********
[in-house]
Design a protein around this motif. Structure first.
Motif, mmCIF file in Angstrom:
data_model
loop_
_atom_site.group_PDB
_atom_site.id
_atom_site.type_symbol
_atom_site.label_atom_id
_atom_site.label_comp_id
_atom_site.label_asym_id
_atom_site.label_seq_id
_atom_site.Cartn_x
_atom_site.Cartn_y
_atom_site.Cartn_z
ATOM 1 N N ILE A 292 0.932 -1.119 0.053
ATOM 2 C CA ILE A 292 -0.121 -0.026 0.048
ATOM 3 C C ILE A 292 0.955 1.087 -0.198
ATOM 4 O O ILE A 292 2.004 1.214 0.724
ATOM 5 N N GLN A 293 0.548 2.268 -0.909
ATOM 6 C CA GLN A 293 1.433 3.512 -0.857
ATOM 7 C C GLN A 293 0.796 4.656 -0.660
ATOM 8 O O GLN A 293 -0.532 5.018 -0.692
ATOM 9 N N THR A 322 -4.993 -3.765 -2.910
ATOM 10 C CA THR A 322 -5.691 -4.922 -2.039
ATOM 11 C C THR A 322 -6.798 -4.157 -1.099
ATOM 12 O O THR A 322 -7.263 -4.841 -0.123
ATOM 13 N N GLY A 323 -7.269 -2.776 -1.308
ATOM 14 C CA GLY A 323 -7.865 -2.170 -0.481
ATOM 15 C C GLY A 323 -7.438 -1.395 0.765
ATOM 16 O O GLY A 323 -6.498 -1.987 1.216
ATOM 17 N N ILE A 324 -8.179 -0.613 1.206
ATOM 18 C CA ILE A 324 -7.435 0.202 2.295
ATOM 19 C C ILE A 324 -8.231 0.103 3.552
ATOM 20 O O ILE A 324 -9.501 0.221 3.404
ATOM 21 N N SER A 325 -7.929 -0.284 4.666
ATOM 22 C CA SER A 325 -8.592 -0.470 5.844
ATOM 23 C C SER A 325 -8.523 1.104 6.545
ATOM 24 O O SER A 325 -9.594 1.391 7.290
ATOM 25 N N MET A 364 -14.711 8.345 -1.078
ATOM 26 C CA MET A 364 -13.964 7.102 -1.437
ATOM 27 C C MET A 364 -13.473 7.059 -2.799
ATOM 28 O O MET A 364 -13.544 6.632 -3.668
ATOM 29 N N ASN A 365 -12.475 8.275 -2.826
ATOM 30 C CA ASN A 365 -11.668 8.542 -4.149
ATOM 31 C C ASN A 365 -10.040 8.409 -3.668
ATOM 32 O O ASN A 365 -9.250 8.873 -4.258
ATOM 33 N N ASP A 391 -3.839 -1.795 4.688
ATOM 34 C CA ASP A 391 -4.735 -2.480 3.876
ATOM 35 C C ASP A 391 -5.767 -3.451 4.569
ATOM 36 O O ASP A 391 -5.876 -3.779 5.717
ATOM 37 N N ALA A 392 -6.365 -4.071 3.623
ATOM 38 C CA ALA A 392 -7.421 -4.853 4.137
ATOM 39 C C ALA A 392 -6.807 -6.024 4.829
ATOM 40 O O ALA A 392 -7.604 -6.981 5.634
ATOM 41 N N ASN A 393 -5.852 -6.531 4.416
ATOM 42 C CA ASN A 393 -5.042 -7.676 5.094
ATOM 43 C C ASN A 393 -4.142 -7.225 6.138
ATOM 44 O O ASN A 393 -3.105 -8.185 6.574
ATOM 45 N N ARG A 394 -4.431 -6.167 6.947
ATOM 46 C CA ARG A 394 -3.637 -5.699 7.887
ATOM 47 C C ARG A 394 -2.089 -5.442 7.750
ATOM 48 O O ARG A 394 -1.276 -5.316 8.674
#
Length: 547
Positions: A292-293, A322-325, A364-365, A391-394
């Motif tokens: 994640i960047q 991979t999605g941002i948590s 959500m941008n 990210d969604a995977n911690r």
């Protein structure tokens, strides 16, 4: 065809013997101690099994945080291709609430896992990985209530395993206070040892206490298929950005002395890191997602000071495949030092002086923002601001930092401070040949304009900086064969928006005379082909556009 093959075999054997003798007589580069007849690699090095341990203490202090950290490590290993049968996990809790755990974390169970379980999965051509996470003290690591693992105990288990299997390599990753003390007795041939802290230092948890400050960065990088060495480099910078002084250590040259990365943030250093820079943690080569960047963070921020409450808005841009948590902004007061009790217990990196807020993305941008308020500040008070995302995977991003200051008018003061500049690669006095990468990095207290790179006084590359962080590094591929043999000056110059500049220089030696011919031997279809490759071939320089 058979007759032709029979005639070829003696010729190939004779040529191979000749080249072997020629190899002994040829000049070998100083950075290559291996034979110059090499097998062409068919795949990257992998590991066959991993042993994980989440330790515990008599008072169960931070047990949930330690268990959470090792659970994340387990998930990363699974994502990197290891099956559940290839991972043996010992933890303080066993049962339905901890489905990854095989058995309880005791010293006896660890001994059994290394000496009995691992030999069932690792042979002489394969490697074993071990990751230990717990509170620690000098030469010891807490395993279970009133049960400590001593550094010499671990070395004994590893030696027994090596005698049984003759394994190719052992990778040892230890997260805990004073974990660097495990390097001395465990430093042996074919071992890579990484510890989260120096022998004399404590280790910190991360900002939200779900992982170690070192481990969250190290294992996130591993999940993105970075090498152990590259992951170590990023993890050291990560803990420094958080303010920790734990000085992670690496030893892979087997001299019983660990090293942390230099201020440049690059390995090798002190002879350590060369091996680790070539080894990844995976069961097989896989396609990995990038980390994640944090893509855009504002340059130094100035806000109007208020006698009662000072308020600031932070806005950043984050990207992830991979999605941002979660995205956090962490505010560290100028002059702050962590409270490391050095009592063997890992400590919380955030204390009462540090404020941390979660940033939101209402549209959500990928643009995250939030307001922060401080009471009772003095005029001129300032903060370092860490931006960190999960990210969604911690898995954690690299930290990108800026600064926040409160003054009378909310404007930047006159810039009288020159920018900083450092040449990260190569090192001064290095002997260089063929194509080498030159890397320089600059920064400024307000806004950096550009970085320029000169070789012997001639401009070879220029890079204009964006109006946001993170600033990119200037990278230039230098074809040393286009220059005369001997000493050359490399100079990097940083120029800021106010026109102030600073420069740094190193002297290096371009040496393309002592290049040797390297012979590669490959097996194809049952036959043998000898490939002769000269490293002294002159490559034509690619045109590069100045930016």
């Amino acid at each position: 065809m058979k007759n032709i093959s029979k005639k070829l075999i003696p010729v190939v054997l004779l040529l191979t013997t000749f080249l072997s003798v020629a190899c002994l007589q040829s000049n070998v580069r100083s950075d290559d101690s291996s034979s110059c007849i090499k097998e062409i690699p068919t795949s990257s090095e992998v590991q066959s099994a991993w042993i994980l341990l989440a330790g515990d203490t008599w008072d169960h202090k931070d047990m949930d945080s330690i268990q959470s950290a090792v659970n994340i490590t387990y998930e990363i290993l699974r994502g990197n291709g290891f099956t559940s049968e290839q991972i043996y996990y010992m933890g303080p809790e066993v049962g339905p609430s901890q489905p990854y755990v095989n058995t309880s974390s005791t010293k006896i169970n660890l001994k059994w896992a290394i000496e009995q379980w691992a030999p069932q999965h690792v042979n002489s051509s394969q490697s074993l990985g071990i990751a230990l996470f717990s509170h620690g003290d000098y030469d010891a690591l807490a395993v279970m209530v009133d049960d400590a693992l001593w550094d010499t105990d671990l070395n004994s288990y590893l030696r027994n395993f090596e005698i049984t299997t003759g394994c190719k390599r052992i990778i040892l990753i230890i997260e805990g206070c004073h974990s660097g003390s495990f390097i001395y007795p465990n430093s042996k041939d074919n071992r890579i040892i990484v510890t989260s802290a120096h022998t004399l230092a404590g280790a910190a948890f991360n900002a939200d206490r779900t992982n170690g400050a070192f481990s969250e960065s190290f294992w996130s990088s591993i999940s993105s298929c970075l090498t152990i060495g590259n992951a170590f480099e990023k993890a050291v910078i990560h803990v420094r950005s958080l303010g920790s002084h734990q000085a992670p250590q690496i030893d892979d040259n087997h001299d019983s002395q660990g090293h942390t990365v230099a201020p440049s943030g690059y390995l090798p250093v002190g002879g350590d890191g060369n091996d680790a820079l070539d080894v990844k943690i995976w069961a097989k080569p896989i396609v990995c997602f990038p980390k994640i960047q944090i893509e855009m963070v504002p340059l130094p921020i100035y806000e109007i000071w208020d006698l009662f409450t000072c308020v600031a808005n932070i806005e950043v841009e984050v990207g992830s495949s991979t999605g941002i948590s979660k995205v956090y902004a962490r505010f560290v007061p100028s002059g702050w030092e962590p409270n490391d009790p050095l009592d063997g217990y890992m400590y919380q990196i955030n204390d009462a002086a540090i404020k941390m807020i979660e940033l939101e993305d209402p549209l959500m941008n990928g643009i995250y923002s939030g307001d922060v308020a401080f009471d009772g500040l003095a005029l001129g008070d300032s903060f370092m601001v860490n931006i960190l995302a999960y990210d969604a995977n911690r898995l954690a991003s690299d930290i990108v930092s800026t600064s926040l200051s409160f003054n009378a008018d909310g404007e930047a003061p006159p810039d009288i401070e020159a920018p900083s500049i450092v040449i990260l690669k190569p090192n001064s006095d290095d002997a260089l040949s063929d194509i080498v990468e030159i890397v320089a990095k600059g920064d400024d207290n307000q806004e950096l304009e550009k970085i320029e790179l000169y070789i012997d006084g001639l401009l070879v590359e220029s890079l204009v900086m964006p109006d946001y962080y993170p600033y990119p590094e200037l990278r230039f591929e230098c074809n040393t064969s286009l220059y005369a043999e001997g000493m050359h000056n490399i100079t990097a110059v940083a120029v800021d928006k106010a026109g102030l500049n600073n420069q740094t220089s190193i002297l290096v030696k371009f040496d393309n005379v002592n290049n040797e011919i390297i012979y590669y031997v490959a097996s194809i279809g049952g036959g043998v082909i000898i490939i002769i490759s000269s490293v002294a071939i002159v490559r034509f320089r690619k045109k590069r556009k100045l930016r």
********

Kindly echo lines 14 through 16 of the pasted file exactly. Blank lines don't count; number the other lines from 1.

_atom_site.Cartn_y
_atom_site.Cartn_z
ATOM 1 N N ILE A 292 0.932 -1.119 0.053